Last October, a new set of closing disclosures came into effect. Here, we’ll discuss its purpose and how it affects you as a home buyer or a home seller.
TRID stands for TILA (Truth in Lending Act) RESPA (Real Estate Settlement Procedures Act) Integrated Disclosure. It basically means the TILA and the RESPA were joined into one form that can help home buyers like you understand all the costs and risks of mortgage.
A change in timelines
The new TRID form’s main effect on home buyers and sellers is that it can dramatically affect their timeline. If you’re a buyer purchasing a home from Person B, you can’t close the sale without having the Closing Disclosure delivered to you by the lender three days before the closing date.
Who is affected?
If you’re a buyer or a seller who borrowed from a lender not considered a creditor by the governing body, you’re exempted from the new rules. The same goes for any buyer or seller with less than 5 loans in a year, or those with HELOCs, reverse mortgages, and loans that aren’t attached to any real property.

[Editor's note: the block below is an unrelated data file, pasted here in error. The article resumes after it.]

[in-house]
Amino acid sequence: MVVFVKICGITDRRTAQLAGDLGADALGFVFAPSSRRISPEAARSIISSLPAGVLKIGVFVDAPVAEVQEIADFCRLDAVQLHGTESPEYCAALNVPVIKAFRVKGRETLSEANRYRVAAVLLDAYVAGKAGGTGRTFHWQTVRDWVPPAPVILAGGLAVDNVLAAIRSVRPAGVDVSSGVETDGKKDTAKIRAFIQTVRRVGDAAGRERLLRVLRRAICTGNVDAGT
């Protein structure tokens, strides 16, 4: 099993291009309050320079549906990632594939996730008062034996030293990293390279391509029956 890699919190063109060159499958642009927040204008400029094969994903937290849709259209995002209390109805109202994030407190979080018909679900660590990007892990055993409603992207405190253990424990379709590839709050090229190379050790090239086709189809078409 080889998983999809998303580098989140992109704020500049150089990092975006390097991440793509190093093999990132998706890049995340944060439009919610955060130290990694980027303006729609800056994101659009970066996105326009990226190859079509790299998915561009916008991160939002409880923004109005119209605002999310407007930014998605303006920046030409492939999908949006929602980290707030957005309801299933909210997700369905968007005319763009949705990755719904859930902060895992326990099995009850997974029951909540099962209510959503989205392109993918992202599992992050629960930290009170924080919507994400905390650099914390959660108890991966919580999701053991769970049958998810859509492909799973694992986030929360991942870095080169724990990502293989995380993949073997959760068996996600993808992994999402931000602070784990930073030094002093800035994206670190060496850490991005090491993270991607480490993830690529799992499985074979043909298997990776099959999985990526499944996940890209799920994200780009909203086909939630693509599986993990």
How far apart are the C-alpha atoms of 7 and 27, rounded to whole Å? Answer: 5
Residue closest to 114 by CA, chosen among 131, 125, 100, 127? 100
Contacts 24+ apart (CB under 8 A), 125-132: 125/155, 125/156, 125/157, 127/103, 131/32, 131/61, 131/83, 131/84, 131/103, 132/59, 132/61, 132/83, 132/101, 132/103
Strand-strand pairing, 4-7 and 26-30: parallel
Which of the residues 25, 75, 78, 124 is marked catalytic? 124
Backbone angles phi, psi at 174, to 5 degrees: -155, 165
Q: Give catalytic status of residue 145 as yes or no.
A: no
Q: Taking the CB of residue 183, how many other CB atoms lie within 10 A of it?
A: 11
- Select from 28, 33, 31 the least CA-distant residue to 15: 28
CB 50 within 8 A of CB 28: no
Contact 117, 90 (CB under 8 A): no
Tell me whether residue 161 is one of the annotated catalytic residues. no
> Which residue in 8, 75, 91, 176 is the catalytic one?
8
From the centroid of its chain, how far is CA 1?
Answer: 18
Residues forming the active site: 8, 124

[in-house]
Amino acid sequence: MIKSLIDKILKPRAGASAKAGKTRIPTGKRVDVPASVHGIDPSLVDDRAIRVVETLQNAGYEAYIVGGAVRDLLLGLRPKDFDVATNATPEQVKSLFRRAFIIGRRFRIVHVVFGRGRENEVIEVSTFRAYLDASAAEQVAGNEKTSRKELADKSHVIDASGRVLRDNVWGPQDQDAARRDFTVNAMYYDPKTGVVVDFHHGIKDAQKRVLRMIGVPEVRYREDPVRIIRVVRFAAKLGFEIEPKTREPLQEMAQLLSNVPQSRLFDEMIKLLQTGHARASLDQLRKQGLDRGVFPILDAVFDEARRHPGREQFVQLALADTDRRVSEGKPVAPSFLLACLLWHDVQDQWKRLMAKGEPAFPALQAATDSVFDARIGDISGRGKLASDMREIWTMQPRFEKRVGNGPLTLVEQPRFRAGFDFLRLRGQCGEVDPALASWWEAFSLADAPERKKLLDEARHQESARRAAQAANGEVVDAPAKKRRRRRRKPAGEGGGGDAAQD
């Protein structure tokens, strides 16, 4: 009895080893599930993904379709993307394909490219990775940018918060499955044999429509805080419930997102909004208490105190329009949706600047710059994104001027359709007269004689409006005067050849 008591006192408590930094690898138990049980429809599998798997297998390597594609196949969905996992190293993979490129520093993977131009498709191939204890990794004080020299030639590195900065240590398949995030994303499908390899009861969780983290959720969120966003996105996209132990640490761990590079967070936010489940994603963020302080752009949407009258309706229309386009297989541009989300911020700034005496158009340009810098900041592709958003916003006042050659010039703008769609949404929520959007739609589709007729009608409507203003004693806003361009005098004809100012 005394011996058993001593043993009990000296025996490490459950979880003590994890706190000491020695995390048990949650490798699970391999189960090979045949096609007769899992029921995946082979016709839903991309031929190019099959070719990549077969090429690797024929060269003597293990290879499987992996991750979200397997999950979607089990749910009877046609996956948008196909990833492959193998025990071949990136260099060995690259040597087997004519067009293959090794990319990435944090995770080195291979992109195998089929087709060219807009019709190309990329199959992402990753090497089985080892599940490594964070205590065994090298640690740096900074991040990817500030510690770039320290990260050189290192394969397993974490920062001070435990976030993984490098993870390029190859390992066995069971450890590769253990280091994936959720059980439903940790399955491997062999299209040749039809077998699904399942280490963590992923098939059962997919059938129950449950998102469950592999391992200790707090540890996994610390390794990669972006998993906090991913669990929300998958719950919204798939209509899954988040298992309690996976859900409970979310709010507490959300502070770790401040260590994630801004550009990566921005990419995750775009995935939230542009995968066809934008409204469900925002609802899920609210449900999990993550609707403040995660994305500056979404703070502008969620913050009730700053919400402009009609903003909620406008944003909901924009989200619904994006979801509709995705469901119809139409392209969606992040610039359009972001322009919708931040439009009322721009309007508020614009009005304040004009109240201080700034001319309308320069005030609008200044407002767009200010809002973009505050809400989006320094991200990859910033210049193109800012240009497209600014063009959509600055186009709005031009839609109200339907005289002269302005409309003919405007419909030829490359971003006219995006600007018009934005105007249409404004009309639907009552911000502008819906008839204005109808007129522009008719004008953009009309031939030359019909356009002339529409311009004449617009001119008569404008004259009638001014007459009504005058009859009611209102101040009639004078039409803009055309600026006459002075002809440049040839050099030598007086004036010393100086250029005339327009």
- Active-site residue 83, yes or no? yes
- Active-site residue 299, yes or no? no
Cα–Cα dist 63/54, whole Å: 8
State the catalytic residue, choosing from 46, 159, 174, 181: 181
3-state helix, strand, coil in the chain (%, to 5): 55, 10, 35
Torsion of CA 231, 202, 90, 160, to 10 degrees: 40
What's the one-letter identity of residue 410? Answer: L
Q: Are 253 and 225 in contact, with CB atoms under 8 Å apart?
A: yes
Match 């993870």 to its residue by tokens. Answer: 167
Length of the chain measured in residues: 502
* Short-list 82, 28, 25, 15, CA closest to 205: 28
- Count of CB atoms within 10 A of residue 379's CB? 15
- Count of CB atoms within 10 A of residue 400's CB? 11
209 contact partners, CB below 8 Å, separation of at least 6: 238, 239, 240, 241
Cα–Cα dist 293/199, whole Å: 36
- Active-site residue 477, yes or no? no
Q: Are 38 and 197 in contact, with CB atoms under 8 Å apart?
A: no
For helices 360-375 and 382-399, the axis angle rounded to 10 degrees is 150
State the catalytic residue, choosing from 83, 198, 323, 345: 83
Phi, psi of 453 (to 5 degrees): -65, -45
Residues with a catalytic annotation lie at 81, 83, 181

You will be greatly affected by the new TRID form if you’re a retail buyer or you’re a real estate flipper. The additional disclosures (the Loan Estimate and the Closing Disclosure) can throw your schedule in disarray. As mentioned a few paragraphs earlier, the Closing Disclosure is given after a 3-day review period. If there are any specific changes to the loan terms, you’ll need to push back your closing date to have a new Closing Disclosure reviewed and delivered again.
Bottom line: if you don’t want to get your deal thrown under the bus, it’s best to take care of all the specifics of your loan more than 3 days before the closing date. Should there be any changes to your loan terms, there will still be enough time for another 3-day review for your new Closing Disclosure.
For more details about the new TRID, contact me at 914-946-1067. Check out our Resources page for more real estate buyer and seller information.